All About the GED: Kansas
Taking and passing the General Education Development (GED) exam will allow adults in Kansas to earn a high school equivalency credential if they don't have a high school diploma. The Kansas State High School Diploma is awarded to candidates who pass the GED.
Take the GED in Kansas
What do I Need to Know About the GED?
Adults living in Kansas who do not have a high school diploma may take the General Educational Development (GED) examination to receive a Kansas High School Diploma. The GED is developed by the American Council on Education (ACE) and, in Kansas, is administered by the Kansas Board of Regents (kansasregents.org). The GED exam tests you in the subject areas you would need if you were graduating with a traditional high school diploma. The five areas are writing, social studies, science, reading and math.
An essay is required as part of the writing exam. A Casio fx-260 calculator is provided for a portion of the math exam. Answers to some of the math questions will need to be filled in on answer grids. To learn more about the calculator, the answer grids and the content of the five tests, review the ACE website (acenet.edu).
How is the GED Scored?
GED tests scores range from 200 (lowest) to 800 (highest) on each subject test. Kansas requires you get at least a 420 on any test and an average score of 450 each to pass the GED. The total score must add up to at least 2,250. These are the scores that the top 60% of high school graduates would get if they took the tests.
Can I Take the Kansas GED?
In Kansas, you may take the GED exam if you are age 18 or older. If you're between the ages 16 and 18, you may take the exam with additional documentation from your school district that you're not currently enrolled in any secondary program. Also, you must not have graduated from high school or received a GED credential.
GED Registration and Cost
GED candidates register and sit for the exam at official Kansas testing centers. The state and ACE provide a list of official testing centers on their websites. You'll need a current photo ID and pay a testing fee during registration. Be aware that the Official GED Test is administered only at official testing centers. It is not available on online.
Test takers in Kansas must take the Official GED Practice Test before they can take the actual GED exam. The practice test helps them know if they're prepared for the real exam. In Kansas, the average score on the practice tests must be at least 500 for each section, and no less than 450 on each section. If you're taking the practice test as a part of a GED preparation class your program fee may already cover the cost of the practice test. If not, contact your local test center to learn about scheduling your practice test.
GED test centers may accommodate candidates who have a physical or a learning disability. You'll need to fill out a request form from your local test center and have it filled out by your doctor or other health professional qualified to diagnose your disability. Some conditions such as attention deficit hyperactivity disorder (ADHD) may require additional documentation. Contact your local test center for further details. The GED in Kansas is also available in Spanish.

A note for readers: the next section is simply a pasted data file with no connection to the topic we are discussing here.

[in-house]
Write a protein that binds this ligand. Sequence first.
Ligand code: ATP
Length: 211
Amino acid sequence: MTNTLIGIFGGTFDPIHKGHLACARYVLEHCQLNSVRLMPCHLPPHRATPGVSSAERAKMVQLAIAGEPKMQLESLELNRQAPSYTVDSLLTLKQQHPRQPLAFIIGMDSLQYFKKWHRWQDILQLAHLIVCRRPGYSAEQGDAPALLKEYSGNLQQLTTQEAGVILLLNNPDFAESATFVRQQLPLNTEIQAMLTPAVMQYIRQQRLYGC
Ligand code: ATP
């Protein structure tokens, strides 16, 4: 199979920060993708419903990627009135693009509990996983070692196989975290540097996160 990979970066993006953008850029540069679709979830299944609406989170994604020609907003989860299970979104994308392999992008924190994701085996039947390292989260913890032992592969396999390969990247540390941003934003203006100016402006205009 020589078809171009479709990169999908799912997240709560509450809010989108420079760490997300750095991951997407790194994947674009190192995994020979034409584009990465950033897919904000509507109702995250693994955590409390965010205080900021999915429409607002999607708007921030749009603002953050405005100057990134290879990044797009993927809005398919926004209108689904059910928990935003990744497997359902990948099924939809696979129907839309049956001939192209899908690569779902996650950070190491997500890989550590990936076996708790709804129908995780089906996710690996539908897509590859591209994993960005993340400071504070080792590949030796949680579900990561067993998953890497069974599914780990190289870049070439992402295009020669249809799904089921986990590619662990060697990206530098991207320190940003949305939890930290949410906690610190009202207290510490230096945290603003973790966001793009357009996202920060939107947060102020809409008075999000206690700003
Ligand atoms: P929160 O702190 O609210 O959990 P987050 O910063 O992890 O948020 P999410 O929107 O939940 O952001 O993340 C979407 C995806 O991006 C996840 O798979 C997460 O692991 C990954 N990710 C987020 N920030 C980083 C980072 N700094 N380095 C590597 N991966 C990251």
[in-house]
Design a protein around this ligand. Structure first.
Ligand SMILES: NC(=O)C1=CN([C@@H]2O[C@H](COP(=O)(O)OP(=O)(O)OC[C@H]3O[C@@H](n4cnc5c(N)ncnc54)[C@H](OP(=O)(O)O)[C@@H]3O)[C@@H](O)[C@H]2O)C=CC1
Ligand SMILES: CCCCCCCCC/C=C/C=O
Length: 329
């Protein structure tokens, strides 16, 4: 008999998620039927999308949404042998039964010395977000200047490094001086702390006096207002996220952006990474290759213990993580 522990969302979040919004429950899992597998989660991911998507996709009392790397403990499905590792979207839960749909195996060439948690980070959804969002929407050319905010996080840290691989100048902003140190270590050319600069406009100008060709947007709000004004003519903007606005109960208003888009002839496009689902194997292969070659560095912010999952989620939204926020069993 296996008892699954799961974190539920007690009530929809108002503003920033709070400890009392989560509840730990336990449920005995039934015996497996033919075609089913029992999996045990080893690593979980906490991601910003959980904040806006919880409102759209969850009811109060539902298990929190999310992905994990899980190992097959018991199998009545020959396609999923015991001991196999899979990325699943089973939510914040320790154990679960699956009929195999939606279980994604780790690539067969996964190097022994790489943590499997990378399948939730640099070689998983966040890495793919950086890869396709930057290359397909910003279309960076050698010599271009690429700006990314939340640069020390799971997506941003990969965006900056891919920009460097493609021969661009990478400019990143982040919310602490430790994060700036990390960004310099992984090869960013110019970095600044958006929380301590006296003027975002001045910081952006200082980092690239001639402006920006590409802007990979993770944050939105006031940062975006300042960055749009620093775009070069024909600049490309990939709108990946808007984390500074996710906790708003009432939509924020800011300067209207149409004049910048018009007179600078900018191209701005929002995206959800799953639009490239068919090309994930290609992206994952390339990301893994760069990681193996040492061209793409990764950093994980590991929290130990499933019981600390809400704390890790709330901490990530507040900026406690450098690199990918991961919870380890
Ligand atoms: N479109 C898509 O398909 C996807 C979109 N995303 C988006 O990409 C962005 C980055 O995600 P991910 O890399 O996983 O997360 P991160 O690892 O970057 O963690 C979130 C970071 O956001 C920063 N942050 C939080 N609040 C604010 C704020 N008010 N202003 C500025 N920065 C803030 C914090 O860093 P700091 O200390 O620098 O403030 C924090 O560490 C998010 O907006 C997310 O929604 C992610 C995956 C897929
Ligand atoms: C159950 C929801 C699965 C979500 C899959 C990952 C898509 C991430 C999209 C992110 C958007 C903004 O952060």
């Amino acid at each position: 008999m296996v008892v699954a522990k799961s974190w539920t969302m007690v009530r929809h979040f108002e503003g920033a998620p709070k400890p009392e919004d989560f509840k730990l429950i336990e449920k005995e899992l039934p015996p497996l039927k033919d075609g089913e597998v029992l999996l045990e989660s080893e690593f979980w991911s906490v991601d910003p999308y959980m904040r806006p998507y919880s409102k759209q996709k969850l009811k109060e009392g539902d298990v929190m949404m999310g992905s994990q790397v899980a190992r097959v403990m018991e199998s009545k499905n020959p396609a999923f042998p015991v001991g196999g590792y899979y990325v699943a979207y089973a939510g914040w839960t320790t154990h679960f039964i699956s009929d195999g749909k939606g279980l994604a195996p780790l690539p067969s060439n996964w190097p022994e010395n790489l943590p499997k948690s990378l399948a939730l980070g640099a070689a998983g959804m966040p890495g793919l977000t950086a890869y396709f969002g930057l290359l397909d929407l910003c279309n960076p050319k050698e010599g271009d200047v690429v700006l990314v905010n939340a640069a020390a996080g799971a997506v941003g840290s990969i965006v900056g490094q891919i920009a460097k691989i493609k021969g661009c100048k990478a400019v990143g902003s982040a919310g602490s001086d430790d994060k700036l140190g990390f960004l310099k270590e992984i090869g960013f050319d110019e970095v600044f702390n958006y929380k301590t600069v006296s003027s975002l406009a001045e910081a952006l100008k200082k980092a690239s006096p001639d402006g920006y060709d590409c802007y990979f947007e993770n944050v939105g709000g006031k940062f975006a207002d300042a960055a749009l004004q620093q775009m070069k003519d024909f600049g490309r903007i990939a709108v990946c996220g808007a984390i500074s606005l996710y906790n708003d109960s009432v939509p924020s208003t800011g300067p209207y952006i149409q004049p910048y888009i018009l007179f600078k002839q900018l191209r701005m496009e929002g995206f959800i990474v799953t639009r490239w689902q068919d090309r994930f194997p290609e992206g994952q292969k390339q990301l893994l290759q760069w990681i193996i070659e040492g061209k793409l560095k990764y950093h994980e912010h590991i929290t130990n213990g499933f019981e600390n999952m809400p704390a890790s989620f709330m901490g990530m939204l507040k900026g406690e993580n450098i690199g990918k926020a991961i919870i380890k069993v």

Contact your local adult education center to register for free GED test preparation classes. The state website provides a list of adult education centers. You may also prepare at home or online. The ACE website offers practice questions with answers and explanations as well as a link to an online practice test.
GED Connection is a GED study course that uses online, print and video resources. It is available through Kentucky Educational Television (ketadultlearning.org) and PBS Literacy Link (litlink.ket.org). The Steck-Vaughn company also provides practice questions and study books (secure.practice4ged.com).
You may retake any of the tests that you didn't pass using another set of GED questions. Candidates can retest up to three times per year in any one subject. After you pass the GED, you may only retest for a higher score if required by a college, university or job that you are applying for. You'll need a letter from that entity documenting their request and approval from the GED administrator. You may request transcriptions from the state through a form available from the Board of Regents website.
Related to All About the GED: Kansas
- Recently Updated
The basis of any good test preparation strategy is a comprehensive understanding of the test's structure. This article outlines...
Those who choose to take the GED typically do so because of the new personal and professional opportunities it will create, but...
The labor force in Kansas is 1,463 workers strong, making it the state with the 31st-largest amount of employees. In 2004, the...
The day one takes the GED is stressful enough without worrying about what to expect. This article outlines a few test center...
- GED Preparation: Studying for the Reading Section; The SQ3r Method
- GED Preparation: How to Study for the Essay Portion of the GED
- Human Development Majors: Information and Requirements
- Job Description of an Industrial Cleaner
- Study.com 2010 Scholarship Winners: Business Administration
- Jobs in Drafting Technology: Options and Requirements
- Salary and Career Info for a Master's in Radiology Degree
- Child Development Career Options and Requirements
- Internet & Website Development Program Overviews
- Career Information for a Degree in Journalism
- Career Information for a Degree in Human and Consumer Sciences
- How to Balance Human Rights Advocacy with Student Life: Girls Learn International Founder Jordana Confino Talks to Study.com
Perfect School Search
- Kansas Cities
- Nearby States